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ART Spiderjack Review

Updated: Aug 7, 2019

ART Spiderjack 3

The ART Spiderjack 3 was advertised as an elegant solution for doubled rope work. Used in conjunction with the rope guide pulley or rope guide twin line, it certainly has proven to be a very smooth, fast, and ergonomic solution, but often at the cost of setup time. I have found that the only time I employ this particular piece of gear is when I have a very large, wide spread canopy, with easy access to a high tie in point that can be isolated from the ground. The Ropeguide Twinline takes some time to set up, but does create an excellent canopy anchor with consistent retrievability and the added safety of a single line emergency access line. This is IF the anchor point can be isolated. There is a weird quirk with the Spiderjack which requires the device to be weighted quickly to engage the stopping mechanism. It can sometimes slip when the climber’s weight is eased into it slowly. This effect is especially apparent when it is not used with a pulley at the tie in point. It does not function well for natural crotch ascension techniques due to the tendency of the rope to just fall through the device when unweighted, so it works best as as system set from the ground rather than one that is advanced ahead of the climber as he/she ascends. This is less of an issue for some but would be difficult for a beginner to adapt to. Friction is modulated with the application of pressure by the thumb. This makes for very precise and controllable descents, but it has a significant learning curve to feel comfortable, and until then it feels like one might be easily sent into a near free-fall (not exactly confidence inspiring when learning). The price for these two pieces of equipment combined come to 700 dollars plus tax with the standard ropeguide or 780 for the twin line which can be set from the ground. So here’s the bottom line: After owning this system for nearly 3 years, I rarely pull it from the bag in normal use. If you find yourself frequently doing large clean outs or weight reduction in spread out canopies and aren’t comfortable with the single rope systems, this can be an excellent option which saves time and energy. Otherwise it would be a late addition to the tool kit at best.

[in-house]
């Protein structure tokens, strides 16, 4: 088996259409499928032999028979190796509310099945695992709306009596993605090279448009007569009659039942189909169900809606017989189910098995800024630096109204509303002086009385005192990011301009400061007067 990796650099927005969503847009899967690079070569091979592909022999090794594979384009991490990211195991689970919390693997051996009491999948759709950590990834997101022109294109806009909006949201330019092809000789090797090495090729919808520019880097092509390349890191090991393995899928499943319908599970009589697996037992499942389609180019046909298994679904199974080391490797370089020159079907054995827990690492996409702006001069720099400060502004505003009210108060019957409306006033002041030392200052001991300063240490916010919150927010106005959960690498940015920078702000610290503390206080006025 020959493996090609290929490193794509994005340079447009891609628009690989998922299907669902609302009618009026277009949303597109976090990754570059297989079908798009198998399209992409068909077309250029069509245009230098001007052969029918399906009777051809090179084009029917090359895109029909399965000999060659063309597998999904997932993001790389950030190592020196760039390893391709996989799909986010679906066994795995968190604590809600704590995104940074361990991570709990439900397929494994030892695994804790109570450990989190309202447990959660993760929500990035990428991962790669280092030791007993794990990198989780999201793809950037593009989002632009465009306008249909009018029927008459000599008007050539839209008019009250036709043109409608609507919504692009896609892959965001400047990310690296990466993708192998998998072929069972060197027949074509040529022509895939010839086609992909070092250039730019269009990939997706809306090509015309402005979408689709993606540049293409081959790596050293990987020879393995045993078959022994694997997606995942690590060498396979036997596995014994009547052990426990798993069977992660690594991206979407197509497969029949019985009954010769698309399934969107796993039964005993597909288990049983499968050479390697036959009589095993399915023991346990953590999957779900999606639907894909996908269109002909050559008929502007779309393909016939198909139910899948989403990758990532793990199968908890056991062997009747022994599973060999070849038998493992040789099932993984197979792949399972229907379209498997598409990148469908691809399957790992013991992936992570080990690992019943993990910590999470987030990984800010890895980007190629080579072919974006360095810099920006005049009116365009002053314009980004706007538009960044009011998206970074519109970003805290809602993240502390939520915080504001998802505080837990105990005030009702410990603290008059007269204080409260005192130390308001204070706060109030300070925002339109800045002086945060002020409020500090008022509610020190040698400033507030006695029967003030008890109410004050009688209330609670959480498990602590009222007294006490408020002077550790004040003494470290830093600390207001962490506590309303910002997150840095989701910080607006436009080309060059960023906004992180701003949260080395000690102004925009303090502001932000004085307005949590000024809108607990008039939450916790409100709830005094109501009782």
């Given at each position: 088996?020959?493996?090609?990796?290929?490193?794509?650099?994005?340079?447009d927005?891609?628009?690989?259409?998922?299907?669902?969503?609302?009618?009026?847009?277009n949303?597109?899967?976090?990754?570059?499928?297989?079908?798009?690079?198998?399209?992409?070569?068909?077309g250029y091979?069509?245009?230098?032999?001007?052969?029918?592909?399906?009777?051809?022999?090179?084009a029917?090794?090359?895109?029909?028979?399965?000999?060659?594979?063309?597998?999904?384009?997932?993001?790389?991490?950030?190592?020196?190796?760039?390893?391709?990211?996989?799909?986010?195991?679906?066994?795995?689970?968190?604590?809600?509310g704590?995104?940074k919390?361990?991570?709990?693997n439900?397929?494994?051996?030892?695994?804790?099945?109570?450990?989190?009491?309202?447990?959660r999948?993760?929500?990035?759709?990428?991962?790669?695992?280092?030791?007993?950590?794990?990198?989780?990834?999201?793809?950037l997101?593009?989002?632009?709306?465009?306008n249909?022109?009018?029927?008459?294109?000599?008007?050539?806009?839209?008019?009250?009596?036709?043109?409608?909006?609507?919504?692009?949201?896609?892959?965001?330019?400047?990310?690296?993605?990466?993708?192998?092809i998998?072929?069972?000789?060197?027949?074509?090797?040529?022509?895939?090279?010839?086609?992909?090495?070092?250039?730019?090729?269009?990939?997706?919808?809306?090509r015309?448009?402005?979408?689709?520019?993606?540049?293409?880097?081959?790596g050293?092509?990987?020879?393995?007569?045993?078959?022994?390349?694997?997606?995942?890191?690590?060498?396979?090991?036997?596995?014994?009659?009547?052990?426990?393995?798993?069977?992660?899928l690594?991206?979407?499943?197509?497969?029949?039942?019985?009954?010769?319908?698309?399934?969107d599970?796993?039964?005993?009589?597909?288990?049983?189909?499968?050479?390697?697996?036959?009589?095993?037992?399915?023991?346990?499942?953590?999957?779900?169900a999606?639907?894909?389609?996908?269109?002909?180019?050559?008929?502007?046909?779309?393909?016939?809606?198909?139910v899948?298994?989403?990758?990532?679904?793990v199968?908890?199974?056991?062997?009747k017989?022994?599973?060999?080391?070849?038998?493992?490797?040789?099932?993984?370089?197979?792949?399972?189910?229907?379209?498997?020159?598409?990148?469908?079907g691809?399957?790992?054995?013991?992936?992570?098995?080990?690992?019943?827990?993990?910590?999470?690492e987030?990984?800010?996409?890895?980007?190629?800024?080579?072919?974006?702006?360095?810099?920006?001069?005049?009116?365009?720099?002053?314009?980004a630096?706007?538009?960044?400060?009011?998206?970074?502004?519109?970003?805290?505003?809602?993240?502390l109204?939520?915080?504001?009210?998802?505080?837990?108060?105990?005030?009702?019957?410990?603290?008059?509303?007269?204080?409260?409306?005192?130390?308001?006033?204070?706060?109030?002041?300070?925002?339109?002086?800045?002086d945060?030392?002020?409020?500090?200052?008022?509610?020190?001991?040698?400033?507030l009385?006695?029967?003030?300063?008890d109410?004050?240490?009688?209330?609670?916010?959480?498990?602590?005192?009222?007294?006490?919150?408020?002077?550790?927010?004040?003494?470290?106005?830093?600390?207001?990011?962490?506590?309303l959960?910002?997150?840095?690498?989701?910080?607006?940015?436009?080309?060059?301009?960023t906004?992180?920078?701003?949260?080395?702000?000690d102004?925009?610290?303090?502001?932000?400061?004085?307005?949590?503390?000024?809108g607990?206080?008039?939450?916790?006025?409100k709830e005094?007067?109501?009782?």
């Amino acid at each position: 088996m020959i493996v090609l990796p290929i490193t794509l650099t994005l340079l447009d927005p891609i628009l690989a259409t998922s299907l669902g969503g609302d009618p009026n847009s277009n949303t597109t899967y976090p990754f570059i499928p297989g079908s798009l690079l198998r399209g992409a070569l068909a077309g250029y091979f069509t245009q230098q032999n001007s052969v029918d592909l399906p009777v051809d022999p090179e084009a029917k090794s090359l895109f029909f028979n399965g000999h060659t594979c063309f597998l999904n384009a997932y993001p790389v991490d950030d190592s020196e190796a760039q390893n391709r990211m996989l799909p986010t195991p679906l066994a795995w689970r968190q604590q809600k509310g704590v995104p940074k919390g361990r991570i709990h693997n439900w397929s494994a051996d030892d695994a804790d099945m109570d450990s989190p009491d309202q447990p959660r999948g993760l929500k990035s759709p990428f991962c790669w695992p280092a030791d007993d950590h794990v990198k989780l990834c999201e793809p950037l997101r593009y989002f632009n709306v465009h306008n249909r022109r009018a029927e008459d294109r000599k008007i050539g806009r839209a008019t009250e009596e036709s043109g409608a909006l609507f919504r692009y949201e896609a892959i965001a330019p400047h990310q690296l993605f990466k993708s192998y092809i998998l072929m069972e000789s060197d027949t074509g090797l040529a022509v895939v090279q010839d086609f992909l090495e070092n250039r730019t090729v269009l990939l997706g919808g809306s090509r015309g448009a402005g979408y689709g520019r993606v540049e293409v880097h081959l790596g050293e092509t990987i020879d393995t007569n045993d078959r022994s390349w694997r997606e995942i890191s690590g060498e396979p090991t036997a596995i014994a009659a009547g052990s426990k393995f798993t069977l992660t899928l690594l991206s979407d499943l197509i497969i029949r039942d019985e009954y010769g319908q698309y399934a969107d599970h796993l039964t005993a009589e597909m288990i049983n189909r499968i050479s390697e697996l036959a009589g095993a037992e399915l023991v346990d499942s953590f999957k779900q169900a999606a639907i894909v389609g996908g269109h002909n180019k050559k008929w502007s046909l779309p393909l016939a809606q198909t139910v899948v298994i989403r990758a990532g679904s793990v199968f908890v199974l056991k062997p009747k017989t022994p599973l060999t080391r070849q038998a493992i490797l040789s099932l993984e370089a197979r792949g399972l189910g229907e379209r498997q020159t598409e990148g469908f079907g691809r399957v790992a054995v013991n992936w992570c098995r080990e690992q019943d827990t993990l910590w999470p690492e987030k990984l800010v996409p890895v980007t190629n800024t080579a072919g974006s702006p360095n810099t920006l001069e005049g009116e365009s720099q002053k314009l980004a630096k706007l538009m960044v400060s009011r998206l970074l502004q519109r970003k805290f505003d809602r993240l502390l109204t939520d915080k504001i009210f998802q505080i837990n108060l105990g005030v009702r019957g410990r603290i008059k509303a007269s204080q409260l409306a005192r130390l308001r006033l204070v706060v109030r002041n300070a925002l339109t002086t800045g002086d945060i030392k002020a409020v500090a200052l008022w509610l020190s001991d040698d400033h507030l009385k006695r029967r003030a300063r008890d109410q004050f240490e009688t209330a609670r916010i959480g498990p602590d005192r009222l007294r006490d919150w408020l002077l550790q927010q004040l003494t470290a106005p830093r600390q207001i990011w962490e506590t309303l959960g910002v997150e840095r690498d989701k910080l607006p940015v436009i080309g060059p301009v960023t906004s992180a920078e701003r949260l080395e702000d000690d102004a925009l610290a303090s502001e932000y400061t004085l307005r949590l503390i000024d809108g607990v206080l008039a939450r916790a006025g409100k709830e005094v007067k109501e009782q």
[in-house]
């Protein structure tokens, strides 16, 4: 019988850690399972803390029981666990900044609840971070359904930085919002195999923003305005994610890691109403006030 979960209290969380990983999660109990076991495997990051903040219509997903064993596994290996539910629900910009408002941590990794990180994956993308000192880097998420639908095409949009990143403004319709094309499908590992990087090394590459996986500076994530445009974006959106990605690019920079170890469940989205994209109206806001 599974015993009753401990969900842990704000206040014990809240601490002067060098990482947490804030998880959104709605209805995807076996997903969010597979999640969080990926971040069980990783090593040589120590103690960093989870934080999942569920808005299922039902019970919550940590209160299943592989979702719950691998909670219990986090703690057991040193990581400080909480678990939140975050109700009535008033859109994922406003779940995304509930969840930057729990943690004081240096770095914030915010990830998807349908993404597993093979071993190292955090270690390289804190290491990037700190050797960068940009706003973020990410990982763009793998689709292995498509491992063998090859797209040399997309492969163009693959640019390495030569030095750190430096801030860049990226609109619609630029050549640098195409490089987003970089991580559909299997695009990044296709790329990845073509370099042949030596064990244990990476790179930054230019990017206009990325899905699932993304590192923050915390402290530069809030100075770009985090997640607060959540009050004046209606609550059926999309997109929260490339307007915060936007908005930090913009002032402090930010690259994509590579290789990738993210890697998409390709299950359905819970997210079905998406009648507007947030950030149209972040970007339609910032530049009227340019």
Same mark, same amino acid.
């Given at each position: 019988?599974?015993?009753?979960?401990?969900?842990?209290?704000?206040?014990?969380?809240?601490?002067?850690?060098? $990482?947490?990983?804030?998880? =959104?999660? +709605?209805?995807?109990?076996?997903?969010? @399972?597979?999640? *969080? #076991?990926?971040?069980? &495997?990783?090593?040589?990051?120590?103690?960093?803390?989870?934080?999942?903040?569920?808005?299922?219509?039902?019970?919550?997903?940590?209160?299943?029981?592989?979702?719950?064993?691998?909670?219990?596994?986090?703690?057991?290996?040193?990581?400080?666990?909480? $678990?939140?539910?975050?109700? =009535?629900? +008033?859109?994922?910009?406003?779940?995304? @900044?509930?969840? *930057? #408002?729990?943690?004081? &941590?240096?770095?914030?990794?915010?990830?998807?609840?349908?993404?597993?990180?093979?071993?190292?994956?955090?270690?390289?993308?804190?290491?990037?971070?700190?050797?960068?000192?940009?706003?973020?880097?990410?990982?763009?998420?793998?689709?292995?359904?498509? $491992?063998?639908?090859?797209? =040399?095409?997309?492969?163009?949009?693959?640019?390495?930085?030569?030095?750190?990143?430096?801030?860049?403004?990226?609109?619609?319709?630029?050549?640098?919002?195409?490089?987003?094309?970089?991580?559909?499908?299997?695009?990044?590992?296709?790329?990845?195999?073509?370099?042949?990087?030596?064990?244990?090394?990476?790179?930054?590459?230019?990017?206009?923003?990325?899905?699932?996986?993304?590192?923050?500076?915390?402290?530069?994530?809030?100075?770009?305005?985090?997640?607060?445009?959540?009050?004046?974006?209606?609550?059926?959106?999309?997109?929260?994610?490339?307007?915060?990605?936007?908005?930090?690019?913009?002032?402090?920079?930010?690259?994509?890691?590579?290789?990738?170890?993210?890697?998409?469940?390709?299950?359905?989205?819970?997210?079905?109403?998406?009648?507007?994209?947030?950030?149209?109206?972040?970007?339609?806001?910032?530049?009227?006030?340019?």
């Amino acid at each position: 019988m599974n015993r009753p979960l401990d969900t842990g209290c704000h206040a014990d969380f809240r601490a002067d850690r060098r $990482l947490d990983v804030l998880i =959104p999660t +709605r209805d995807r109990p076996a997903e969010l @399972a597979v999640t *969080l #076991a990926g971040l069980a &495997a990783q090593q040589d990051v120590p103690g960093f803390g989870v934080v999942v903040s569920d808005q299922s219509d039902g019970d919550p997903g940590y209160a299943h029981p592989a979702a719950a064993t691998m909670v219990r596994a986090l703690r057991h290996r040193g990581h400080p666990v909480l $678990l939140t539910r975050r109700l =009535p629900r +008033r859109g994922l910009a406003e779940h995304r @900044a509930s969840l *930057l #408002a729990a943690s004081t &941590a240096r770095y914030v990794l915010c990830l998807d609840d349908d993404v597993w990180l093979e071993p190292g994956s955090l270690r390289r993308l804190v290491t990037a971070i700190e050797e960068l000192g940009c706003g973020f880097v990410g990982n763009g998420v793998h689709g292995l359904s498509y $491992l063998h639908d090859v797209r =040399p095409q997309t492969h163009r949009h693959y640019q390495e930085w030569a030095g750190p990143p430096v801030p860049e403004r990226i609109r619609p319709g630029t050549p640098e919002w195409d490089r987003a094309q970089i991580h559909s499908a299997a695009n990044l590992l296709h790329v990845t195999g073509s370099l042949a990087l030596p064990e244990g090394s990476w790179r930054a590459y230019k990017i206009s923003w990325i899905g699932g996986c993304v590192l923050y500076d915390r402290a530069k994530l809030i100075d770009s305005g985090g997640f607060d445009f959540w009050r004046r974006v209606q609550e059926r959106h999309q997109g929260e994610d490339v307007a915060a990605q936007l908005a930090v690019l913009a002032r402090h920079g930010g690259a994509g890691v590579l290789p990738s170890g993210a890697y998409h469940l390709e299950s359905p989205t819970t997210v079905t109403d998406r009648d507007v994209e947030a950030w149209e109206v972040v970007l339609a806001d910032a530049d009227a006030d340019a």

1. VERY smooth

2. Very fast and controllable

3. Slack tends effortlessly

4. Can be extra safe if using the Twinline

5. Rugged with replaceable wear parts


Can be scary to use when learning due to sudden release and the need to VERY EXPENSIVEOnly functions well with a pulley at the TIP (Friction saver works OK) Slow to set upNOT mid-line attachable Wear parts wear out quickly

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The Spooning
The Spooning

This is a great postt thanks

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